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The engine – how it drives its ancillary parts

The engine is, in many respects, self-sustaining,
It supplies the power that drives a number of ancillary
Subordinate components without which it could not work.

It requires a controlled fuel supply,
A timed electric spark to ignite the air-and-fuel mixture, a means of dispersing heat, and lubrication to reduce friction.
These ancillary functions are carried out mainly by mechanically driven components.
The crankshaft is their main power source,
Through gears and sprockets or pulley-driven chains or belts.

Tasks performed by ancillaries

Starting the engine

A powerful electric motor connected directly to the battery is used to,
Rotate the crankshaft at a speed high enough to initiate
The four-stroke cycle and start the engine.

Starting the car, particularly from cold,
Therefore makes the heaviest demand on the battery,
Since the starter motor has first to overcome the inertia of the engine.
There is also a high demand for electrical equipment such as flashers and lights,
So the battery needs constant replenishing in order to maintain
Its charge of about 12 volts.

Charging the battery

Charging is accomplished by a generator a dynamo in earlier cars,
Or an alternator in later ones – driven by the crankshaft.
The generator output is controlled by a charging circuit
Which ensures that the battery receives the correct amount of current
Necessary to keep it fully charged.

Producing the spark

To produce the timed electric spark needed to ignite the fuel mixture,
The low voltage from the battery is boosted to a very high voltage,
About 30,000, by the ignition coil a form of transformer.

The low-tension (LT) voltage passes through a primary winding in the
Coil and then to the contact breaker points in the distributor.

Each time the low-tension-current circuit is interrupted by the
Opening of the contact-breaker points in the distributor,
he electrical surge as the current suddenly collapses induces high-tension (HT)
Voltage in a secondary winding in the coil.

The distributor then feeds the high-tension voltage to each of the spark-plugs in turn at the correct time. Each spark plug has two electrodes at its tip,
With a gap between them.
The high-tension voltage jumps this gap and produces the
Spark that ignites the air and fuel mixture.

Driving the pumps

The petrol pump that feeds the carburetor is either a mechanical one operated by
An off-center disc a sort of circular cam – on the engine carburetor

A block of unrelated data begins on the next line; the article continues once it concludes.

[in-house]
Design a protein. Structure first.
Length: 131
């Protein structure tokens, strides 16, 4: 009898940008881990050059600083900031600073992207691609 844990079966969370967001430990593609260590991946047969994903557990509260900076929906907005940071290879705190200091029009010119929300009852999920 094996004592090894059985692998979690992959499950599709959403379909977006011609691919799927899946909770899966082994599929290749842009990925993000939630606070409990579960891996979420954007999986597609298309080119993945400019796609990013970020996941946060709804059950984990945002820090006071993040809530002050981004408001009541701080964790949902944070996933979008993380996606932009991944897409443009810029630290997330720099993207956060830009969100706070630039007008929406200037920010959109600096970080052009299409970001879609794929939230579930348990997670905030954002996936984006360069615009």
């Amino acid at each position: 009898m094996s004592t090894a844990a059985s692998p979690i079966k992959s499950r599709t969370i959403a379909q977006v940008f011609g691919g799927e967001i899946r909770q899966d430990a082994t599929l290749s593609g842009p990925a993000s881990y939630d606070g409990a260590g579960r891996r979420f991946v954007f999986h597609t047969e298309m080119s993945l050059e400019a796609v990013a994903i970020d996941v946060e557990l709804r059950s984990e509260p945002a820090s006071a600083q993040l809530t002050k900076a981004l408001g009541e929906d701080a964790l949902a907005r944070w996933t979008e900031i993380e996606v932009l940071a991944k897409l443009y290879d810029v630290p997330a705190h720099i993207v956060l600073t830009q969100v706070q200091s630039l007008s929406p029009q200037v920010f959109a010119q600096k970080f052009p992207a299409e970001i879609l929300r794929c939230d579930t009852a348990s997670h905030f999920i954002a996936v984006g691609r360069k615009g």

Or an electric pump remotely mounted, sometimes close to the petrol tank.

In water-cooled cars,
The water pump that circulates water through the cooling passages of the engine
Is belt-driven from a pulley on the crankshaft.

The oil pump that pressurizes oil for engine lubrication works
Directly from the crankshaft or camshaft.

How the engine is lubricated

Friction between moving metal parts in the engine is minimized by a thin film of oil.

The lubrication system
Oil from the pump passes through passages in the crankshaft, block, and camshaft bearings.

Stored in a reservoir, called the sump, at the bottom of the engine,
The oil is sucked into the pump,
Which sends it under pressure through various feed pipes and channels to the
Moving parts of the engine and then back to the sump.

The oil is circulated under pressure at a rate of several gallons per minute.
The pressure is controlled in the pump by a relief valve,
When the pressure is excessive,
It leaks some of the oil back to the sump.

Oil forced out of the crankshaft journals is thrown against the cylinder walls.
This is known as ‘splash lubrication’.

Before reaching the engine, the oil passes through a filter attached to the pump,
Which removes sludge and potentially abrasive particles such as
Debris resulting from engine wear.

If the pressure drops – usually through mechanical failure or if there is an oil deficiency,
The moving parts of the engine wear rapidly and eventually seize

Types of oil pump

Gear-type oil pump

Gear-type oil pump
In a gear-type oil pump, oil pressure is created at the point where the gears mesh.

Rotor-type oil pump

Rotor-type oil pump
Pressure in a multi-lobe pump is created between the inner and outer rotors.

How the oil is pumped

There are two basic types of oil pump a rotor type and a gear type.

The rotor pump has two multi-lobed rotors an inner one and an outer one,
Revolving on different axes. The gear type has two adjacent meshing gears.
The pump may be mounted internally or externally.

Oil sucked from the sump is pressurized as it passes through the
Decreasing gap between the rotor lobes or meshing gears.

The commonest filter element used to trap the sludge and debris
Hat collects in the sump is made from resin-impregnated, pleated paper.

Also, read

What is Automobile Injector and its Types


How engine timing works

Ekster EU


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